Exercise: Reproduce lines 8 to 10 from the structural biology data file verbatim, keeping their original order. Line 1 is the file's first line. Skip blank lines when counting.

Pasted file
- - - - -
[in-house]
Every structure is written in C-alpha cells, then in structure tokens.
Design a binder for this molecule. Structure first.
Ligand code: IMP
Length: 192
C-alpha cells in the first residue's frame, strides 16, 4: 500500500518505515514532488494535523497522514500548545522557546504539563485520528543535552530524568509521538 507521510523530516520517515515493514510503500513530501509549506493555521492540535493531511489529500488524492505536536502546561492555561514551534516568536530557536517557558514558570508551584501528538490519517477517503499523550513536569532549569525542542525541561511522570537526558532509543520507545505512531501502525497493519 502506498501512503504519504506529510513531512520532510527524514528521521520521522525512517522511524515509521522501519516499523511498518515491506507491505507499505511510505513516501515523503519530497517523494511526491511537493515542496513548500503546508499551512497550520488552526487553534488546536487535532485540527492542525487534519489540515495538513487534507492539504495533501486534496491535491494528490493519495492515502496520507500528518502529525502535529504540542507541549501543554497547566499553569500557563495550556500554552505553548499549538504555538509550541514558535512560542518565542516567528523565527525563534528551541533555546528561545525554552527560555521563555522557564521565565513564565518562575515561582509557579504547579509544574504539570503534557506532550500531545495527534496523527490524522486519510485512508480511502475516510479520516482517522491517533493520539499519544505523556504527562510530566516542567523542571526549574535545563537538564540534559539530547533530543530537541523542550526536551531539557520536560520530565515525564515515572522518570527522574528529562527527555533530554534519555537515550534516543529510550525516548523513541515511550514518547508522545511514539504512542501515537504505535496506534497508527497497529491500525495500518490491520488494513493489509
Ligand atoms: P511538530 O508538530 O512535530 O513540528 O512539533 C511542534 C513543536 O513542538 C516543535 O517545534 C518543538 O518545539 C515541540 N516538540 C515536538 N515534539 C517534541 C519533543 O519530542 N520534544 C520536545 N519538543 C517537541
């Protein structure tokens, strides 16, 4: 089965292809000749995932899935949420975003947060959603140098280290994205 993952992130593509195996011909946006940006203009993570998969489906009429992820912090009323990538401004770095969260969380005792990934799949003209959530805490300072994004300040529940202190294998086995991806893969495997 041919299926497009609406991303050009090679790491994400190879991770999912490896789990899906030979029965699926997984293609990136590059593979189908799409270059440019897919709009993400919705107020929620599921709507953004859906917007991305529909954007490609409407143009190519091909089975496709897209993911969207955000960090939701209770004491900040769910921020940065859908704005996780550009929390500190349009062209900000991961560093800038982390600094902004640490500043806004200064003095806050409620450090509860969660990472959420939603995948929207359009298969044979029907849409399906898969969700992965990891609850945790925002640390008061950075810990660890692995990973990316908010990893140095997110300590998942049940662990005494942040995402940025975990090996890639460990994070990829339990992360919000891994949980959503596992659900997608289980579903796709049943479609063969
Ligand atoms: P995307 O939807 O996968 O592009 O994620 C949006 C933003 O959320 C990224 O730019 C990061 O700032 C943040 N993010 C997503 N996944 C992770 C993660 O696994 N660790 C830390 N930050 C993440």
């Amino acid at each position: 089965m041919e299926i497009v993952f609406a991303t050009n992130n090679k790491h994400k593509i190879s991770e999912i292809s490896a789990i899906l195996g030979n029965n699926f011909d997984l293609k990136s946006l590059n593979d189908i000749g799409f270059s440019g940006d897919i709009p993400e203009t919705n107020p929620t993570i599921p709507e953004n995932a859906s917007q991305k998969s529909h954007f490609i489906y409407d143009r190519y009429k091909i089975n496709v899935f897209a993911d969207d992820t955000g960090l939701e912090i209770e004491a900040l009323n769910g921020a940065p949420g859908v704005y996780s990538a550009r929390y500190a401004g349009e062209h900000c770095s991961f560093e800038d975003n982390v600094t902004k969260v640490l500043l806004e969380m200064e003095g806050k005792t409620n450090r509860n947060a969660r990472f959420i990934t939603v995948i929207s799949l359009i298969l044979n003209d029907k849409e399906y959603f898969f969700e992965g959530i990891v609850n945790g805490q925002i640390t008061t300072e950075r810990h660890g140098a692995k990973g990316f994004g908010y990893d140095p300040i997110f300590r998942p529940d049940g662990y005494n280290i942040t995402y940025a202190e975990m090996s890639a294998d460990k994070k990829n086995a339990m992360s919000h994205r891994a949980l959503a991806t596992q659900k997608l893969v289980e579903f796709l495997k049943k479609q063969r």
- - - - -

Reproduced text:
């Protein structure tokens, strides 16, 4: 089965292809000749995932899935949420975003947060959603140098280290994205 993952992130593509195996011909946006940006203009993570998969489906009429992820912090009323990538401004770095969260969380005792990934799949003209959530805490300072994004300040529940202190294998086995991806893969495997 041919299926497009609406991303050009090679790491994400190879991770999912490896789990899906030979029965699926997984293609990136590059593979189908799409270059440019897919709009993400919705107020929620599921709507953004859906917007991305529909954007490609409407143009190519091909089975496709897209993911969207955000960090939701209770004491900040769910921020940065859908704005996780550009929390500190349009062209900000991961560093800038982390600094902004640490500043806004200064003095806050409620450090509860969660990472959420939603995948929207359009298969044979029907849409399906898969969700992965990891609850945790925002640390008061950075810990660890692995990973990316908010990893140095997110300590998942049940662990005494942040995402940025975990090996890639460990994070990829339990992360919000891994949980959503596992659900997608289980579903796709049943479609063969
Ligand atoms: P995307 O939807 O996968 O592009 O994620 C949006 C933003 O959320 C990224 O730019 C990061 O700032 C943040 N993010 C997503 N996944 C992770 C993660 O696994 N660790 C830390 N930050 C993440």
């Amino acid at each position: 089965m041919e299926i497009v993952f609406a991303t050009n992130n090679k790491h994400k593509i190879s991770e999912i292809s490896a789990i899906l195996g030979n029965n699926f011909d997984l293609k990136s946006l590059n593979d189908i000749g799409f270059s440019g940006d897919i709009p993400e203009t919705n107020p929620t993570i599921p709507e953004n995932a859906s917007q991305k998969s529909h954007f490609i489906y409407d143009r190519y009429k091909i089975n496709v899935f897209a993911d969207d992820t955000g960090l939701e912090i209770e004491a900040l009323n769910g921020a940065p949420g859908v704005y996780s990538a550009r929390y500190a401004g349009e062209h900000c770095s991961f560093e800038d975003n982390v600094t902004k969260v640490l500043l806004e969380m200064e003095g806050k005792t409620n450090r509860n947060a969660r990472f959420i990934t939603v995948i929207s799949l359009i298969l044979n003209d029907k849409e399906y959603f898969f969700e992965g959530i990891v609850n945790g805490q925002i640390t008061t300072e950075r810990h660890g140098a692995k990973g990316f994004g908010y990893d140095p300040i997110f300590r998942p529940d049940g662990y005494n280290i942040t995402y940025a202190e975990m090996s890639a294998d460990k994070k990829n086995a339990m992360s919000h994205r891994a949980l959503a991806t596992q659900k997608l893969v289980e579903f796709l495997k049943k479609q063969r």